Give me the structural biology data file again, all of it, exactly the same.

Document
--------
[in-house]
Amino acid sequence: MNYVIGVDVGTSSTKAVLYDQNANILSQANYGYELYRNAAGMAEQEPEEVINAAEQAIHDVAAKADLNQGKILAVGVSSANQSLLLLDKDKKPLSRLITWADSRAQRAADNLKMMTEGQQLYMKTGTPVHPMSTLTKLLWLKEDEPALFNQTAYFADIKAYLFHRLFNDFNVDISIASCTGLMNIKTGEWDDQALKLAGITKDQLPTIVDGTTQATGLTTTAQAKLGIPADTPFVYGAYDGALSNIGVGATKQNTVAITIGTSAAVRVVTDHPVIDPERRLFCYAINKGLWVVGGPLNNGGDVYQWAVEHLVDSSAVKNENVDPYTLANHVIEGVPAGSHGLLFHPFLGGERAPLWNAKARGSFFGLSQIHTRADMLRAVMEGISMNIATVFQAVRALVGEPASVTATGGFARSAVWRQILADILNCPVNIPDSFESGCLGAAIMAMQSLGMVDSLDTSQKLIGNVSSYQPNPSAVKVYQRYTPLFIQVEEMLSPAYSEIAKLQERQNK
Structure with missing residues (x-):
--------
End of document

[in-house]
Amino acid sequence: MNYVIGVDVGTSSTKAVLYDQNANILSQANYGYELYRNAAGMAEQEPEEVINAAEQAIHDVAAKADLNQGKILAVGVSSANQSLLLLDKDKKPLSRLITWADSRAQRAADNLKMMTEGQQLYMKTGTPVHPMSTLTKLLWLKEDEPALFNQTAYFADIKAYLFHRLFNDFNVDISIASCTGLMNIKTGEWDDQALKLAGITKDQLPTIVDGTTQATGLTTTAQAKLGIPADTPFVYGAYDGALSNIGVGATKQNTVAITIGTSAAVRVVTDHPVIDPERRLFCYAINKGLWVVGGPLNNGGDVYQWAVEHLVDSSAVKNENVDPYTLANHVIEGVPAGSHGLLFHPFLGGERAPLWNAKARGSFFGLSQIHTRADMLRAVMEGISMNIATVFQAVRALVGEPASVTATGGFARSAVWRQILADILNCPVNIPDSFESGCLGAAIMAMQSLGMVDSLDTSQKLIGNVSSYQPNPSAVKVYQRYTPLFIQVEEMLSPAYSEIAKLQERQNK
Structure with missing residues (x-):